No one does weird with the gusto of Americans. Take Austin, Texas for example. Most cities build tributes to statesmen and politicians; Austin gives centre stage to a statue of a notorious pothead, Willie Nelson, and Stevie Ray Vaughan, a guitarist most people have never heard of. This is the capital city of the most conservative state in the union, but Austin is a flower among the Stetsons. All that matters here is that, damn, those boys could play.
Perhaps that’s not surprising. This city’s slogan is ‘Keep Austin Weird’ and they take it seriously. Head down to the southern districts and Christmas decorations adorn public trees year round, while shiny airstream trailers serve up homemade cupcakes by the side of the road. “This is the last enclave of freakdom,” local music star Alejandro Escovedo told me when I visited. “The rest of the world is so uptight.”
But weird here doesn’t just mean googly eyes and talking to yourself. It’s about being a free thinker. And that’s what the United States all about. They say this is the land of opportunity — actually, it’s not. It’s the land of social creativity.
I have a theory why. As a country, the US is at the tweeny stage — less than 250 years old. Compare that to the more than 1,000 years us Brits have been kicking about. In nationhood terms, we’re wearing khaki slacks; they’re in hip-hop trousers. If our countries were rock bands, we’d have a collection of critically acclaimed albums and a comeback tour scheduled in the distant future; they’d still be jamming out in a garage.
That’s why being in the US is so exciting. It’s a social blank canvas; anything goes. In my hometown of Boulder, Colorado alone there’s an annual Frozen Dead Guy Days festival, which pays homage to an actual dead guy who was discovered cryogenically stored in the back of someone’s shed and still resides on ice today, plus a weekly fancy dress bike ride and a Halloween sprint through the town wearing nothing but your birthday suit and a carved pumpkin on your head (yes, the naked pumpkin race is an actual thing).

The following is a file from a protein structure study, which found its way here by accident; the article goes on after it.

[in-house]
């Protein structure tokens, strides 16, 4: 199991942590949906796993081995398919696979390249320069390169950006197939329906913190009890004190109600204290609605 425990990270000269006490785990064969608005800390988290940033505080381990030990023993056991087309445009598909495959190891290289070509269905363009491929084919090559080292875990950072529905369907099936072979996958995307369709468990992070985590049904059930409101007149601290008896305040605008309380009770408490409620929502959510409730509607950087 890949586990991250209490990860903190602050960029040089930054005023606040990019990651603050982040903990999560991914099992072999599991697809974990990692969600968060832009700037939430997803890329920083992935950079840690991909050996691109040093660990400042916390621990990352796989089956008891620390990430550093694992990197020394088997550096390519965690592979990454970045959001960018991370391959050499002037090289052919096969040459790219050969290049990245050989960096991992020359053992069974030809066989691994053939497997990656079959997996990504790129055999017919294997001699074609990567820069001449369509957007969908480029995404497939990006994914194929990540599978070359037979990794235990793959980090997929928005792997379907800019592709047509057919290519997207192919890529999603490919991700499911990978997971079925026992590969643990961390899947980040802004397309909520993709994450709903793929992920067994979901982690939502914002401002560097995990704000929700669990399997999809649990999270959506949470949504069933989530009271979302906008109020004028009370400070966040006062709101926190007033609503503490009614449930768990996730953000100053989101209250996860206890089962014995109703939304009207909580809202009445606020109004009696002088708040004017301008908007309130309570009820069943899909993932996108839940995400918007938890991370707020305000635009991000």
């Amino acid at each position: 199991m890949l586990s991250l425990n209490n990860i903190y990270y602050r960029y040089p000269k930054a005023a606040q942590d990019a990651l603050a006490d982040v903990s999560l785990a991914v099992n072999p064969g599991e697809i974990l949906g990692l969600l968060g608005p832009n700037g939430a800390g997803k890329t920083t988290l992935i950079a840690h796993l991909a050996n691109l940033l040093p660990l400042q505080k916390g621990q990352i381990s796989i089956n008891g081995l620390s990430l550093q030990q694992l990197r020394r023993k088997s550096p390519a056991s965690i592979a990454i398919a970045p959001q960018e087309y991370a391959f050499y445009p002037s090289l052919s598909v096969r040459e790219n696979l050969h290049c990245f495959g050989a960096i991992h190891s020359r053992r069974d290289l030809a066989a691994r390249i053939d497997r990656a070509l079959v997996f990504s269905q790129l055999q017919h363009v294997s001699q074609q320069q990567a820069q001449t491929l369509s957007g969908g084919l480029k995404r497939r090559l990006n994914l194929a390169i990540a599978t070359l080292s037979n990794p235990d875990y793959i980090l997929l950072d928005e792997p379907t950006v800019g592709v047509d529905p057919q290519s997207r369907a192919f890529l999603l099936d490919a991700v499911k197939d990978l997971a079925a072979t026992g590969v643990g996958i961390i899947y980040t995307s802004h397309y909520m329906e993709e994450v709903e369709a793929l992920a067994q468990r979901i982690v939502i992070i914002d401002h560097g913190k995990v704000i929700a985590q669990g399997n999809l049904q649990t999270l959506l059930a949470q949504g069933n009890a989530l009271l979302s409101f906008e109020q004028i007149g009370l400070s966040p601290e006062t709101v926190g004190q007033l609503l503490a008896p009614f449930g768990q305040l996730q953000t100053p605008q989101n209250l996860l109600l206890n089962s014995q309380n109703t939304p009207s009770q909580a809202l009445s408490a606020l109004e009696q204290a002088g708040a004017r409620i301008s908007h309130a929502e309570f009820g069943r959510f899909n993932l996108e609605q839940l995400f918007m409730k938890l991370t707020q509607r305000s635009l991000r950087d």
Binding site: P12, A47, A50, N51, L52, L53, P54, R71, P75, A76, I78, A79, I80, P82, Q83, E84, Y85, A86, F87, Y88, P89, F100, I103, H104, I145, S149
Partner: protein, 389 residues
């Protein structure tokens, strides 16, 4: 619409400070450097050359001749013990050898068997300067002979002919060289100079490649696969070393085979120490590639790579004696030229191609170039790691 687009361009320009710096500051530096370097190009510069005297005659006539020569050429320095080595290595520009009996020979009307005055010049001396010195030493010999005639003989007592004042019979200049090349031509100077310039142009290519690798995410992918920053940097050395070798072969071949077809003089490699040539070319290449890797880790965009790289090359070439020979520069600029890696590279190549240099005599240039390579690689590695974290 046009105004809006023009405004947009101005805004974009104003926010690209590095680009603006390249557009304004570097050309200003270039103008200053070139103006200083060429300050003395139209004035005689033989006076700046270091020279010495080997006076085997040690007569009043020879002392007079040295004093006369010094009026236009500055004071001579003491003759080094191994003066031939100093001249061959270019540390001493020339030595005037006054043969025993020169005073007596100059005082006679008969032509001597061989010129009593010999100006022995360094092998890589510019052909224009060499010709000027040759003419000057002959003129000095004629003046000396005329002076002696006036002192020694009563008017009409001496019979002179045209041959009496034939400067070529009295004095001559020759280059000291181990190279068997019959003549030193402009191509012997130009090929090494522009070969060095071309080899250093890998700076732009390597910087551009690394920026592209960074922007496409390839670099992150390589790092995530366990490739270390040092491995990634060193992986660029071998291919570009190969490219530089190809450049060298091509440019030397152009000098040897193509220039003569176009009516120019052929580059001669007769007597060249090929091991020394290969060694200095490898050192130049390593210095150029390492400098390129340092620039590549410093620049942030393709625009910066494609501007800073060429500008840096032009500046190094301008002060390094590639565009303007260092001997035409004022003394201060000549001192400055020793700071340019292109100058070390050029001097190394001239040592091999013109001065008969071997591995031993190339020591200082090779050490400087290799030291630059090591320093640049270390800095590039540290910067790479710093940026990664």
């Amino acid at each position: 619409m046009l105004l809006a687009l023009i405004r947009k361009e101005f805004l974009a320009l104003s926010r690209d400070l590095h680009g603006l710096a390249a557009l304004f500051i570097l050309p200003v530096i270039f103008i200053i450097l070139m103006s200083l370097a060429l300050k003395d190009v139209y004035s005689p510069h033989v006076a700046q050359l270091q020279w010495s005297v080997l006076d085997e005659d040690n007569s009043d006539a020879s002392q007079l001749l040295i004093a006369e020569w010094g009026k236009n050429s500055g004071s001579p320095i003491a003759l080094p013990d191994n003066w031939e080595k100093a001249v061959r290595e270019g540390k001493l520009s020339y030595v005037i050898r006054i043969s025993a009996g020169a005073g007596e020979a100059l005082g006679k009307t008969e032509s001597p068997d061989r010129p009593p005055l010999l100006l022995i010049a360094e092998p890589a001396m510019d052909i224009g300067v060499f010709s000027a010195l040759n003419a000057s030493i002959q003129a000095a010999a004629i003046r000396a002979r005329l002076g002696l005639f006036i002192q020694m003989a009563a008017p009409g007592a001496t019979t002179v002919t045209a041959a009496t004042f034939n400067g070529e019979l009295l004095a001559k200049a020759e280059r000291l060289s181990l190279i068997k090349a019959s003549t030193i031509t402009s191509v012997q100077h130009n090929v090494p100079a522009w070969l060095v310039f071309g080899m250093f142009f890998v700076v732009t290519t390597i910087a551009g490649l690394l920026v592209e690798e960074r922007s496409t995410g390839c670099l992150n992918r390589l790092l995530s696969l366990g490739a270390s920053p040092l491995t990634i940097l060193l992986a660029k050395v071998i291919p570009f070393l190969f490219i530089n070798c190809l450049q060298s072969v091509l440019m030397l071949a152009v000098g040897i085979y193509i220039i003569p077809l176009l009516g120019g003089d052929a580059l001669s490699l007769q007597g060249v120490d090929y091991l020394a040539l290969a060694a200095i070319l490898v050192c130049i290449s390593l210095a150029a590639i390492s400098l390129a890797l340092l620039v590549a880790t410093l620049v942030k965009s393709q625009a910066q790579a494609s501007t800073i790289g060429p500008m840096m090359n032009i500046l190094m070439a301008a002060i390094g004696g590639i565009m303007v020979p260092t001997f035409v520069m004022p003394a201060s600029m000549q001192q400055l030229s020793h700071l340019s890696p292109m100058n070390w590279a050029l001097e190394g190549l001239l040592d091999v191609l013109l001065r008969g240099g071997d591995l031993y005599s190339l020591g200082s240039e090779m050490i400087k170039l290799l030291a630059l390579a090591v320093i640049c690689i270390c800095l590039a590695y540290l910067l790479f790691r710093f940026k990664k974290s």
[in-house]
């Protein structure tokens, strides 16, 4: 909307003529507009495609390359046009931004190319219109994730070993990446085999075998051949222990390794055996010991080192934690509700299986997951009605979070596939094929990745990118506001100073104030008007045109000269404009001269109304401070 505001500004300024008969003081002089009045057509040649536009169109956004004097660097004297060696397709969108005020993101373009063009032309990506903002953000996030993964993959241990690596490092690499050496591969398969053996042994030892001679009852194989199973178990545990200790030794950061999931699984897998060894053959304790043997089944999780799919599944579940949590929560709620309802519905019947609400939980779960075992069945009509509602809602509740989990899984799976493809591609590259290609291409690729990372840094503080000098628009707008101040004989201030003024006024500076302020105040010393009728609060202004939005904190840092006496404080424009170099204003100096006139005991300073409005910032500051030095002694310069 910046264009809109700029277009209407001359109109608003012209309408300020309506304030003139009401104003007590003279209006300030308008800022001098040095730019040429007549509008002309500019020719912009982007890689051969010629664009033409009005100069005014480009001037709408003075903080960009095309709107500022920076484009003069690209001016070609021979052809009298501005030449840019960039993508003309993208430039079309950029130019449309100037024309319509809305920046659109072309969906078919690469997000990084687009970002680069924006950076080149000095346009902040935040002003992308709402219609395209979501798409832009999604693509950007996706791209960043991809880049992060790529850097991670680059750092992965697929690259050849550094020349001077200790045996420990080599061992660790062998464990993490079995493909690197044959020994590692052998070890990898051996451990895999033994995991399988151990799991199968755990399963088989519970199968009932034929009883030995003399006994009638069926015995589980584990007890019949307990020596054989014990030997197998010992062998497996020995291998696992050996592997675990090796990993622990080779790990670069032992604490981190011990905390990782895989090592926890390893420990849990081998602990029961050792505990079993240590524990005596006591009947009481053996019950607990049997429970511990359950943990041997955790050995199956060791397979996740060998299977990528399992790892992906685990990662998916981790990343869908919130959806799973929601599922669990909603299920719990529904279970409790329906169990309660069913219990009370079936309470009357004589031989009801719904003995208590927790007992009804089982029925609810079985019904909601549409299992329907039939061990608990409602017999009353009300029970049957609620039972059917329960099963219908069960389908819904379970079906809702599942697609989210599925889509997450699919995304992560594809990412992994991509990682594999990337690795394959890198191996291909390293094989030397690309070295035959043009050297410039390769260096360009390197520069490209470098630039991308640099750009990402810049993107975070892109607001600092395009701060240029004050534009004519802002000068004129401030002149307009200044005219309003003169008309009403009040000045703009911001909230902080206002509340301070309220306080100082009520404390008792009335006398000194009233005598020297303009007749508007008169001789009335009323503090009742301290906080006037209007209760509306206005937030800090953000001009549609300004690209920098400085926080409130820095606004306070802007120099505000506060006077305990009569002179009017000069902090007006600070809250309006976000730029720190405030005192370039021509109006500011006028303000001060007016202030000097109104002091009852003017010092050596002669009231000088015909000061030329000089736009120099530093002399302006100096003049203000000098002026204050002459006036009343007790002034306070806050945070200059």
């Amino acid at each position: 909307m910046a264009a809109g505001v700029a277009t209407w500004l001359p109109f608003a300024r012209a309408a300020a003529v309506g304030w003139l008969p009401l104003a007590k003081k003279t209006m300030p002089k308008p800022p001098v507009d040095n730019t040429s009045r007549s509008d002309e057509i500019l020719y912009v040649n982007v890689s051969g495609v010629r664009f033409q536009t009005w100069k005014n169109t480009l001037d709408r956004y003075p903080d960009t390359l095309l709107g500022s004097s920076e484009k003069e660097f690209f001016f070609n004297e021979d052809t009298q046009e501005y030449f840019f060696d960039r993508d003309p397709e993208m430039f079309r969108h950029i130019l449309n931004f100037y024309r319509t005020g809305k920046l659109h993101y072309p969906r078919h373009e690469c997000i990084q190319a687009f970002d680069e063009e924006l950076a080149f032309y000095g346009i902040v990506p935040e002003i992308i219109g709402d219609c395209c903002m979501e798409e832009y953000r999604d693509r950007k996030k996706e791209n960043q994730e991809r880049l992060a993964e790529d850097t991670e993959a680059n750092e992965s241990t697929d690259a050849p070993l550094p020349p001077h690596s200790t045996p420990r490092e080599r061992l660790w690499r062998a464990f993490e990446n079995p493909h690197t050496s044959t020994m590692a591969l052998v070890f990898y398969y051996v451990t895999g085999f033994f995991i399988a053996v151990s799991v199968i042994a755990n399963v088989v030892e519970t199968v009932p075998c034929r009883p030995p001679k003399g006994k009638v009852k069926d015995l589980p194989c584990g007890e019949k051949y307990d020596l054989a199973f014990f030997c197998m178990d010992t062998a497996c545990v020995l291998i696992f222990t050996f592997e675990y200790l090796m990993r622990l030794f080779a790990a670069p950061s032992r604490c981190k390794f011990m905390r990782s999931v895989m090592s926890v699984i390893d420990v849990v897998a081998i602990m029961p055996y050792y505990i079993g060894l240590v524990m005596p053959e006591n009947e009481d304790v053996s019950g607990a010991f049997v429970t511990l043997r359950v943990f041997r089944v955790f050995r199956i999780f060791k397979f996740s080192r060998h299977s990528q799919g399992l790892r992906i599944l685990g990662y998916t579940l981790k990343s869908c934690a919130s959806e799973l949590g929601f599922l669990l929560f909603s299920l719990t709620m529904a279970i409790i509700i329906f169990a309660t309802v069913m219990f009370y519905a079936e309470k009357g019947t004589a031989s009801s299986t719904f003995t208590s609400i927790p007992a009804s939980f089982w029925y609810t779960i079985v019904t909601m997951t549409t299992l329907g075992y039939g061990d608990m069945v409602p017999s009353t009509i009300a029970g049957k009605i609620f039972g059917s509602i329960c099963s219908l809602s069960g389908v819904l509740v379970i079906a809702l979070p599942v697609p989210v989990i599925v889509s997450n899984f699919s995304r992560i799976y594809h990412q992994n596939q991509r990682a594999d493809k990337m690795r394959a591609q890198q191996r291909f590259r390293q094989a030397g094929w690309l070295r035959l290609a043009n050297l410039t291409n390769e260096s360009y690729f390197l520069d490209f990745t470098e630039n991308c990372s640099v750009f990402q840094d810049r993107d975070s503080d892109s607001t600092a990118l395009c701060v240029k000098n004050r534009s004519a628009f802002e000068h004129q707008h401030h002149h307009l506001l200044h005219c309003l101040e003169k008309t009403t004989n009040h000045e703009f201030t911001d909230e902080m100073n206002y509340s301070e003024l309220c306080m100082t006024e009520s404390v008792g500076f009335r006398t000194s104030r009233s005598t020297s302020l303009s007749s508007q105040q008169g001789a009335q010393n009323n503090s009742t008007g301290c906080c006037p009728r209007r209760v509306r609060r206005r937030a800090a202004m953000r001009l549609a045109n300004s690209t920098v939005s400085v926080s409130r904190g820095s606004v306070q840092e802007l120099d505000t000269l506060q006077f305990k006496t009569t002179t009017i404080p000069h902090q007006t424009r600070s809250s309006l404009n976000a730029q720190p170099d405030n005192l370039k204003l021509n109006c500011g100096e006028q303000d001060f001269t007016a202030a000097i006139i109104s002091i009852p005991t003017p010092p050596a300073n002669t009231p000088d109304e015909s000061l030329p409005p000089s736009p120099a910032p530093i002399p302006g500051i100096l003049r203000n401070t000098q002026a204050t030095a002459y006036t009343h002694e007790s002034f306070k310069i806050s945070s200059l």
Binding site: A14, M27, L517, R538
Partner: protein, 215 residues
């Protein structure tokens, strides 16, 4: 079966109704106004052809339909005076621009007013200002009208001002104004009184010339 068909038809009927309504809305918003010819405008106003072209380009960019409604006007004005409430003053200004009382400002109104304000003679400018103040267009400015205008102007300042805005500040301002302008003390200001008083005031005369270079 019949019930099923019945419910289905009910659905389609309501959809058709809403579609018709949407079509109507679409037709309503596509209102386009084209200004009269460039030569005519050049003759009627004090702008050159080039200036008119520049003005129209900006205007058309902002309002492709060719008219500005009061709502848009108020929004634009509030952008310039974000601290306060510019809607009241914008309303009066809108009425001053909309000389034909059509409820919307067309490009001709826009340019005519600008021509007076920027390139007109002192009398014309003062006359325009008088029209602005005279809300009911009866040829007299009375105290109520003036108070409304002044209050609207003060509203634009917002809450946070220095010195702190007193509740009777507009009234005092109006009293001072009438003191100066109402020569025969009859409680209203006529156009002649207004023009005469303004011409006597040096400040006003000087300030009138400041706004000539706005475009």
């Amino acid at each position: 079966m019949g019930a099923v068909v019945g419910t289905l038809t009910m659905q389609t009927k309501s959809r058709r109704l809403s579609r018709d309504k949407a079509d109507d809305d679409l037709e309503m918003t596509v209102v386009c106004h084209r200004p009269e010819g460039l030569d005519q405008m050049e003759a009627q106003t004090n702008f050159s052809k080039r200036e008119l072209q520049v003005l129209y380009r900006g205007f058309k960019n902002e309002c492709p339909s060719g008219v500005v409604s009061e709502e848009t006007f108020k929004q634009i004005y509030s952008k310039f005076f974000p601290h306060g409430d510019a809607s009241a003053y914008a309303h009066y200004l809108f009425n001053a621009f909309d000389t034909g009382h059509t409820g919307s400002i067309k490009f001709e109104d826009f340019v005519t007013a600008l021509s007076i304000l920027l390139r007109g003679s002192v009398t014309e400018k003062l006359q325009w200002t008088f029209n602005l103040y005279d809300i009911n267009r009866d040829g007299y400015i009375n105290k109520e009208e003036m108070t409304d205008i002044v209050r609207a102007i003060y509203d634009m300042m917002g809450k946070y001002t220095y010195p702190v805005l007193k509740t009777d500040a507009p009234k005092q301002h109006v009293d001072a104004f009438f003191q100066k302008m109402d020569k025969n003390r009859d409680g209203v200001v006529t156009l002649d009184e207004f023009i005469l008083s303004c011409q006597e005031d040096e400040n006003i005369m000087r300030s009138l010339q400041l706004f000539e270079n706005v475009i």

But, however peculiar my little enclave of the Rocky Mountains is, nothing represents North America’s capacity for oddness better than Austin’s Cathedral of Junk. Standing 30ft tall, in the back garden of an ordinary suburban house, and created over 25 years using discarded pieces of household scrap, this walk-in, two-storey, multi-room monument is, perhaps, the world’s greatest example of taking a weird obsession way too far: bath duck tables, CD disco balls, spiral stairs made entirely of bicycle tyres. There are doorways constructed from unstrung tennis rackets and vaulted ceilings moulded together with tape decks and baby doll heads. Everywhere glistens like a kaleidoscope. Every piece of useless crap has had its former glorious life restored. It’s the architectural equivalent of taking magic mushrooms. I loved it.
And that’s the point. Weird is the squeezed fruit of our creative juices. Without weird, art would be reduced to advertising. Weird’s fun too. Blasé won’t get you a cup of tea, but you’ll be dining out on the truly bizarre for years. Especially if you go to Austin. In a single night out, I watched a ballet dancer in full snorkelling gear, a man on stilts pretending to be a duck and a naked — and apparently very cold — man playing the banjo. And then, to cap it all off, I finished in a honky-tonk joint drinking beer next to a cowboy on an actual horse. In the bar. For real.
Dallas had the series, Houston had the problem, but Austin keeps it weird. And thank God, they do. That night, on my way home, I bumped into a young poet wearing an ushanka hat, mirrored sunglasses, Bermuda shorts, loafers and a Superman backpack. It was as if every part of his body had been dressed for a different occasion. “Life is just a popsicle under the sun,” he said. “You got to be who you are.”
Perhaps that’s the USA’s big secret. Individuality trumps social grace. Weird is the new frontier. Free yourself and your smile will follow. Like Austin’s statues of Willie and Stevie Ray, perhaps all that matters in life is how hard you’re prepared to play. Take a lead from the US: do it with gusto.
British travel writer Aaron Millar ran away from London in 2013 and has been hiding out in the Rocky Mountains of Boulder, Colorado since.
Published in the September 2016 issue of National Geographic Traveller (UK)